A little more than a year after that funeral, I took a new call to serve as pastor of another church. I haven’t been back to that grave. But my mind has often returned to those children. I pray for them. I pray for adults in their lives to be strong enough to hang in there, gently yet firmly, when those boys try to push them away. Adults who are wise enough to know that real words matter and not to answer their questions with meaningless clichés. Adults who are wise enough to know the moments when silent presence is the best and only support. As long as they live, those sons will carry this burden. But they don’t have to carry it alone, I pray.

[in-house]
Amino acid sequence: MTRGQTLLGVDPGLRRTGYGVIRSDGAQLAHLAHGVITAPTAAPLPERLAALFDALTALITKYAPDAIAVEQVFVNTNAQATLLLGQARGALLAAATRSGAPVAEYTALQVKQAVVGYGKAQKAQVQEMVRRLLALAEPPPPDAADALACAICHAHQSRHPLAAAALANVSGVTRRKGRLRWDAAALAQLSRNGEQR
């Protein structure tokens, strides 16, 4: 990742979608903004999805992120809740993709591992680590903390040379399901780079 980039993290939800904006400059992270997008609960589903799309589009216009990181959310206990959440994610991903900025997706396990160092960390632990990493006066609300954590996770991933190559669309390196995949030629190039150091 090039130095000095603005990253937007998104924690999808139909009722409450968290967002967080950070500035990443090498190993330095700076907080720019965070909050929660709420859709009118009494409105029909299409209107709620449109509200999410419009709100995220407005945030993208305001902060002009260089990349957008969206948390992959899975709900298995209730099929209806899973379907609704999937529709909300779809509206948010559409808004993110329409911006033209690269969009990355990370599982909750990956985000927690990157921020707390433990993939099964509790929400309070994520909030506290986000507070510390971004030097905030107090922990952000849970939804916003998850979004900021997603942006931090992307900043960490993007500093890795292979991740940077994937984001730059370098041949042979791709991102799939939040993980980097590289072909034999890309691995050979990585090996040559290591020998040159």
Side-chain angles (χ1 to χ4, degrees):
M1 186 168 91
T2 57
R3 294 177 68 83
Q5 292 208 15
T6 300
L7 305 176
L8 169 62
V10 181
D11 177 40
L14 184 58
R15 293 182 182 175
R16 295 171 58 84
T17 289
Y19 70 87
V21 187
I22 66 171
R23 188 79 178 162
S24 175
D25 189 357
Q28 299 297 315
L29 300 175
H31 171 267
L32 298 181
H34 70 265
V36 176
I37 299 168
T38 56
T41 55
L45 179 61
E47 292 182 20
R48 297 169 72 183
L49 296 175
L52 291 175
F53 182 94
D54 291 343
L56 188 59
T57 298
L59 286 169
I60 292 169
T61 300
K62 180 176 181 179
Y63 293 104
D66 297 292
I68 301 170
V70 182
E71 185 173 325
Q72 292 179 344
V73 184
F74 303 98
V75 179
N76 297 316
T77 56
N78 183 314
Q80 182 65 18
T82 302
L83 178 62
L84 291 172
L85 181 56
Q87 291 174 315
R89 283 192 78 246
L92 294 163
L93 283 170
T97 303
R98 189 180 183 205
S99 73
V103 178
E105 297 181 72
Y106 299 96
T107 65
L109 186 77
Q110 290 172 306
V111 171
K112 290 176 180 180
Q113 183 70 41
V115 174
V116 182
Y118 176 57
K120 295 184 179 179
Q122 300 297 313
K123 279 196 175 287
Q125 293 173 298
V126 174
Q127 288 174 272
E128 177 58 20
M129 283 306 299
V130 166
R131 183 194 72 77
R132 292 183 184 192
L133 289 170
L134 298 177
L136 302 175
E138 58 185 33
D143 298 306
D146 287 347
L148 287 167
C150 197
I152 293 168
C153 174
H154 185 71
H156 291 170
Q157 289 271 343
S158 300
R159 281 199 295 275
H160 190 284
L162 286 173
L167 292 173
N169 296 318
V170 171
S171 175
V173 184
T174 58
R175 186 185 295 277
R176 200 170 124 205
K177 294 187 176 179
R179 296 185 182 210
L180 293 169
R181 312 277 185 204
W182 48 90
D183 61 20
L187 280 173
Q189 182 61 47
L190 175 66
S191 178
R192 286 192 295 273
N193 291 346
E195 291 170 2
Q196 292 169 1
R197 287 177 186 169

God carries us through the valleys of the shadow of death and from death into life eternal.

For their father’s funeral, I had left my family vacation at the beach. I drove halfway to my hometown, then Dad had driven me the rest of the way to the church. He stayed for the graveside funeral. My Dad stood in the back of the large crowd underneath a massive oak tree. He said he prayed for me. I kept it together throughout the ceremony and the reception afterwards. Finally, when everyone had gone home, I collapsed into heaving cries that shook my whole body. And Dad was there to hold me.

As Dad drove me back to the beach to rejoin my wife and kids, my younger brother called from his apartment in New York City. I didn’t have much to say about the funeral. We ended up talking about baseball. But before I had changed the subject, my younger brother held the silence. He helped carry my burden as our father drove down the interstate. And I believe that we are being carried even now.